Details of Disappearance
McAdams was last seen in Palo Alto, California during the early morning hours of May 8, 2015. He worked as a flight instructor at the Palo Alto Municipal Airport. At 1:00 a.m., he took a single-engine 2011 G1000 Cessna Skyhawk 172S without permission and flew away, and has never been heard from again.
The plane, which has the tail number N191TG, has a range of about 500 miles. A photo of it is posted with this case summary. It was picked up on radar at 2:45 a.m., approximately 70 miles off the coast of Watsonville, California, apparently flying southwest over the water at 134 miles per hour.
A few hours later, the Federal Aviation Administration (FAA) got a signal from the plane's emergency beacon, but the signal was so brief that the FAA was unable to track a location. It's possible the beacon was activated unintentionally.
McAdams was facing domestic violence charges in Florida at the time of his disappearance; he'd been arrested in Orange County on April 24 and charged with felony aggravated battery with a deadly weapon, felony false imprisonment and misdemeanor battery.
The charges stemmed from an argument he got into with a woman at an Orlando hotel; when she tried to leave, he allegedly attacked her with a knife. He bonded out of jail on April 27. He planned to plead not guilty, and his arraignment was scheduled for June 2. McAdams's family stated the allegations against him were uncharacteristic of his behavior.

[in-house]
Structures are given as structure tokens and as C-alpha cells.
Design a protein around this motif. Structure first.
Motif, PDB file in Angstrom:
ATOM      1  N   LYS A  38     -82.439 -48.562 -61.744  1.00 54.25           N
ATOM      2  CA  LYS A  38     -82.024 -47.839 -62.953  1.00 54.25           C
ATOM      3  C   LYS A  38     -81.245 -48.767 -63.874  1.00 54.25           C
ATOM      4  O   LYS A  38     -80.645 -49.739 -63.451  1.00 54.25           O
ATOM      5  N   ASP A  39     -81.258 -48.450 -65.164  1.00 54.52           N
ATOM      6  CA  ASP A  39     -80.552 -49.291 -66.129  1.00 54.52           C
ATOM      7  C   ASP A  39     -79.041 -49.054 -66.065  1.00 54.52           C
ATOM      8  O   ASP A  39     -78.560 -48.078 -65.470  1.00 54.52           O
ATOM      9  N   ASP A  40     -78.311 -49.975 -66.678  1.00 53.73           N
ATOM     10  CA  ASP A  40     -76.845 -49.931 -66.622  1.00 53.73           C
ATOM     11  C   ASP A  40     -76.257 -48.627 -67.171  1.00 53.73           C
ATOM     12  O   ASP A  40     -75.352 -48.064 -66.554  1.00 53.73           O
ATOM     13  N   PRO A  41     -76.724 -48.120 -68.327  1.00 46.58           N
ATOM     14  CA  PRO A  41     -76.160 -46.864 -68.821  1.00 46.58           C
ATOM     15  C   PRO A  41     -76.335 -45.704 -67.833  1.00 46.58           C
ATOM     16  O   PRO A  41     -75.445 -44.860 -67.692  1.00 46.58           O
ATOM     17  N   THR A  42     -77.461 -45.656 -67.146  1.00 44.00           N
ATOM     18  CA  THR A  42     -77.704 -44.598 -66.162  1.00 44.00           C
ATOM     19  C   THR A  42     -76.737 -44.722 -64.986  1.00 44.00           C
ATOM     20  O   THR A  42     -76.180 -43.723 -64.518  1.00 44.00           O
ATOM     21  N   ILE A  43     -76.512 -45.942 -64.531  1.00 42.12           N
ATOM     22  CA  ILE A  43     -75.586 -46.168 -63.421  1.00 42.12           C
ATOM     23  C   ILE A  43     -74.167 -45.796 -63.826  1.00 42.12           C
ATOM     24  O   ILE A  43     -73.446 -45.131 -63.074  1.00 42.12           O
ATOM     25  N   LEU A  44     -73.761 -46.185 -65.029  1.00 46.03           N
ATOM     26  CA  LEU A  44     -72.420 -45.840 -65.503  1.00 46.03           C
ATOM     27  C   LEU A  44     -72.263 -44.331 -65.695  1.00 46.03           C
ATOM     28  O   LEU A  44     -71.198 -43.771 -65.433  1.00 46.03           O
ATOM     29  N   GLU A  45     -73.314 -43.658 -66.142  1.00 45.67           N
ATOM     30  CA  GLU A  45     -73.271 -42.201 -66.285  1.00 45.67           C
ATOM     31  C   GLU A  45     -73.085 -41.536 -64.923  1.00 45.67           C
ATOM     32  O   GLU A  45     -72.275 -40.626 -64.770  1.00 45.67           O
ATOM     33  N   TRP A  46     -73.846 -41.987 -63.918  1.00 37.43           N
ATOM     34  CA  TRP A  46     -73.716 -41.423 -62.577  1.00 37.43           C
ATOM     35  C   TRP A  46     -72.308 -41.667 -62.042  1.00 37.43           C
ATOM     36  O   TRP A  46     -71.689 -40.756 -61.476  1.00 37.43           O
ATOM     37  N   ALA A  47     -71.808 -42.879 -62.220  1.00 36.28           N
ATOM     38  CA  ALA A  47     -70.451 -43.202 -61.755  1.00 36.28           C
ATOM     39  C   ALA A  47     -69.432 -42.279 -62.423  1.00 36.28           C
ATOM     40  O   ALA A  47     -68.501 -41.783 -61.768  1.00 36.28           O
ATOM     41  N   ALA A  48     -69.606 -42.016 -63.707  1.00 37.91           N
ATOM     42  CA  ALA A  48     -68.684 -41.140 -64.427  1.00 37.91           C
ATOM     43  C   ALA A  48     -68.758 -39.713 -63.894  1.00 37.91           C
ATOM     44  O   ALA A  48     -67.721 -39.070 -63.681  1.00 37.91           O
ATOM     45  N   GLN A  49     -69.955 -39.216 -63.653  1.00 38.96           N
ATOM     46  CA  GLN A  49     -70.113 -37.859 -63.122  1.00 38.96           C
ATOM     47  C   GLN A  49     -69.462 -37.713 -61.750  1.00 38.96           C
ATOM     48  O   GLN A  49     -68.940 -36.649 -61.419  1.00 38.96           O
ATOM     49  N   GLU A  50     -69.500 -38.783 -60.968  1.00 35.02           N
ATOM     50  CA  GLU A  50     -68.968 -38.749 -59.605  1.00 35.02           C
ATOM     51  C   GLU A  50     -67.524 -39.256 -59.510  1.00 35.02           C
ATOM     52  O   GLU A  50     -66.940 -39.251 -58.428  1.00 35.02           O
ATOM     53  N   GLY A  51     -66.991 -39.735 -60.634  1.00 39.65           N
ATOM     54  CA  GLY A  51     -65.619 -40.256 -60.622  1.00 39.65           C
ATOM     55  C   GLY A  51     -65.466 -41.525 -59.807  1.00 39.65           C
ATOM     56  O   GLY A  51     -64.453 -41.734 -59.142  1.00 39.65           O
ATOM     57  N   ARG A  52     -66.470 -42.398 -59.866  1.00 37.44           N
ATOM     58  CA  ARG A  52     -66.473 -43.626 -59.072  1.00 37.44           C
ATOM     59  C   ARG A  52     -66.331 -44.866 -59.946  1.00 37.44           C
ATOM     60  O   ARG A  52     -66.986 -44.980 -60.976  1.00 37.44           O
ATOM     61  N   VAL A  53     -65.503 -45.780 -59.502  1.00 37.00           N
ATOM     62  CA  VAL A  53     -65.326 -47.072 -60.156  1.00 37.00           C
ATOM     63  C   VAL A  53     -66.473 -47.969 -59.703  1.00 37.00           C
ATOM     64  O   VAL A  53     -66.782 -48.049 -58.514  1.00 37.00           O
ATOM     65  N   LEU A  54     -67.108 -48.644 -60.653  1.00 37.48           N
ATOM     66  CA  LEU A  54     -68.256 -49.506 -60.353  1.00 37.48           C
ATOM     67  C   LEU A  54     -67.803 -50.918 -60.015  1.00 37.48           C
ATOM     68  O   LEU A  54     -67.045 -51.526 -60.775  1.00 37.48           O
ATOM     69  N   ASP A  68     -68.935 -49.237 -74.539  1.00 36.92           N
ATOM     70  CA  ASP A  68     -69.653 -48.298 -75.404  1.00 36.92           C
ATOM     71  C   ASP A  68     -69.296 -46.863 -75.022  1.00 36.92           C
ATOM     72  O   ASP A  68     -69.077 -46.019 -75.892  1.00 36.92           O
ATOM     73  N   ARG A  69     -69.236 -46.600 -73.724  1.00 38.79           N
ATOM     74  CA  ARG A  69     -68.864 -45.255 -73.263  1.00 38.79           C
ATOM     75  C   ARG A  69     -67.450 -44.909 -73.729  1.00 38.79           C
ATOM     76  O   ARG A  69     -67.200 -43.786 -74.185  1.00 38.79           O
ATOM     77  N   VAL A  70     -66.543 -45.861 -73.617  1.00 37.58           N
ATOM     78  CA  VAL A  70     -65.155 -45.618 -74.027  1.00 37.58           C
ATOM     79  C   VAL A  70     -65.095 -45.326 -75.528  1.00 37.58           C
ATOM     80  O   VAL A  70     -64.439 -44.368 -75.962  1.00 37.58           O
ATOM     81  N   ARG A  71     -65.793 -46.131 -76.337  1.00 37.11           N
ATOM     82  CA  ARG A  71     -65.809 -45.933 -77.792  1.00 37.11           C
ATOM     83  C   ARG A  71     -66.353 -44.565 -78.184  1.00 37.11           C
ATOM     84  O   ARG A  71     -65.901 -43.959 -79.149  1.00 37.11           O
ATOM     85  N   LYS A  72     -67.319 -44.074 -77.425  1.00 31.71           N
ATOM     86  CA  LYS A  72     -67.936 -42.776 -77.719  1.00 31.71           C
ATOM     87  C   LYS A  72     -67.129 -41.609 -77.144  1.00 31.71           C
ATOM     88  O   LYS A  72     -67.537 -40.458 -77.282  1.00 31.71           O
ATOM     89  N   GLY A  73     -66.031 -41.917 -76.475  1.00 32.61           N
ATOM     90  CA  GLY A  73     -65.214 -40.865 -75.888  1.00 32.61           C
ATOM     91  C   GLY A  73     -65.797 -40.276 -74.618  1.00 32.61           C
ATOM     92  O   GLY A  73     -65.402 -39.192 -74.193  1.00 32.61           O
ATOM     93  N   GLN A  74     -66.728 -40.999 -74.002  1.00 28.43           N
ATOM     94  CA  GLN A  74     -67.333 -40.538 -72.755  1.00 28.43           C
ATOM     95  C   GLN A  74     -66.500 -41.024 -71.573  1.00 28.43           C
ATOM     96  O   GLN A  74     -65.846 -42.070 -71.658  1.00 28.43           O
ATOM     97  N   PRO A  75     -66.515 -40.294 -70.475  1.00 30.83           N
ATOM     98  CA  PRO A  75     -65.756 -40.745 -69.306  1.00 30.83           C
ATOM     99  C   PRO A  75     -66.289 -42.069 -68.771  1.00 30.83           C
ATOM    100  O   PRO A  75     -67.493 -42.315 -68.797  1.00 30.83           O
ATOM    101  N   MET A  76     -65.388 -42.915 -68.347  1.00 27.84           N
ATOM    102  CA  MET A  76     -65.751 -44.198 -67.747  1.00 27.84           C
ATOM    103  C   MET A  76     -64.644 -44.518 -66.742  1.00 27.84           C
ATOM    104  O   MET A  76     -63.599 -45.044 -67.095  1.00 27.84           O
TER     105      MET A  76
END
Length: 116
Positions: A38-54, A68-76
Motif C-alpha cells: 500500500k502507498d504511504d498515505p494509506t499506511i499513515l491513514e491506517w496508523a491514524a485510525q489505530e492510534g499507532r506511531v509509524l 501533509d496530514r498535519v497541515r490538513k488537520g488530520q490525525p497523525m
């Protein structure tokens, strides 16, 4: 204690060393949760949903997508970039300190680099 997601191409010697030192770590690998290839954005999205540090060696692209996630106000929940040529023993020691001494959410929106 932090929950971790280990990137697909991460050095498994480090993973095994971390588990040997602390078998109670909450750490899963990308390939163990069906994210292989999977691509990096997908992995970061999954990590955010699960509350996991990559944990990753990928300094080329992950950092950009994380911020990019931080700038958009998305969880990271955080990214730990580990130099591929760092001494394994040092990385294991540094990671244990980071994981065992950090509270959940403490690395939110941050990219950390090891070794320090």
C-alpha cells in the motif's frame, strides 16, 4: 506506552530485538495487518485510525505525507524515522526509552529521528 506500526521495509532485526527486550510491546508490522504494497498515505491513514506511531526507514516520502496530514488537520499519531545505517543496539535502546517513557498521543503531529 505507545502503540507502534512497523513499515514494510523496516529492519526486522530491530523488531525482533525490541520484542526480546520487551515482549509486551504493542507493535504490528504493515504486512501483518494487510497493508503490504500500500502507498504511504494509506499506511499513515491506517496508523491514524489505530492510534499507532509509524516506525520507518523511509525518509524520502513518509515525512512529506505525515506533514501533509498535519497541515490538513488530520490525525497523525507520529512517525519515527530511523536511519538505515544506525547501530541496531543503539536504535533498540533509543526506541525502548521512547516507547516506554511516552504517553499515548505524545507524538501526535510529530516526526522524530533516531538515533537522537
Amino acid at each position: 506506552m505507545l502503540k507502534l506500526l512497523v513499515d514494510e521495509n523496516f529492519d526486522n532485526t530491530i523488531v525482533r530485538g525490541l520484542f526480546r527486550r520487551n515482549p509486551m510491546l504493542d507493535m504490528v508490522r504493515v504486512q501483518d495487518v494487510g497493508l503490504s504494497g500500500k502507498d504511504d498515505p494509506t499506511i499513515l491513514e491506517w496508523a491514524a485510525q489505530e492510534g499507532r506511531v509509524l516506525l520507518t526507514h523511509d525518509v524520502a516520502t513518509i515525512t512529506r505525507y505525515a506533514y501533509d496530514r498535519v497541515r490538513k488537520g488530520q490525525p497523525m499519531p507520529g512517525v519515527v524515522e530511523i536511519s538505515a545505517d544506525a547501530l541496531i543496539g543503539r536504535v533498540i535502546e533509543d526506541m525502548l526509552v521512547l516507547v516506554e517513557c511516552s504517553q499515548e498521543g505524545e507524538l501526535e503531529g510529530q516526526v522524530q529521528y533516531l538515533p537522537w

McAdams was born in Milwaukee, Wisconsin, spent his childhood in Florida and moved back to Wisconsin for high school. After graduation, he enrolled in a flight school in Florida.
He wrote technical manuals on aviation training, worked as a flight instructor in Florida, started an aviation supply company in Tampa Bay area, and then founded his own flight school, Fly High Bay Area, in California in 2012. The school operates out of the airport in Palo Alto, but the plane McAdams was flying was leased to Advantage Aviation, a flying club he also worked for.
The Coast Guard initiated a search for McAdams and the plane after he disappeared, but then called it off. They stated a thorough search would have to cover approximately 120,000 square miles and they were not equipped to do that.
Authorities aren't sure whether McAdams fled to escape prosecution, committed suicide, or disappeared for some other reason. He missing under strange circumstances and his case remains unsolved.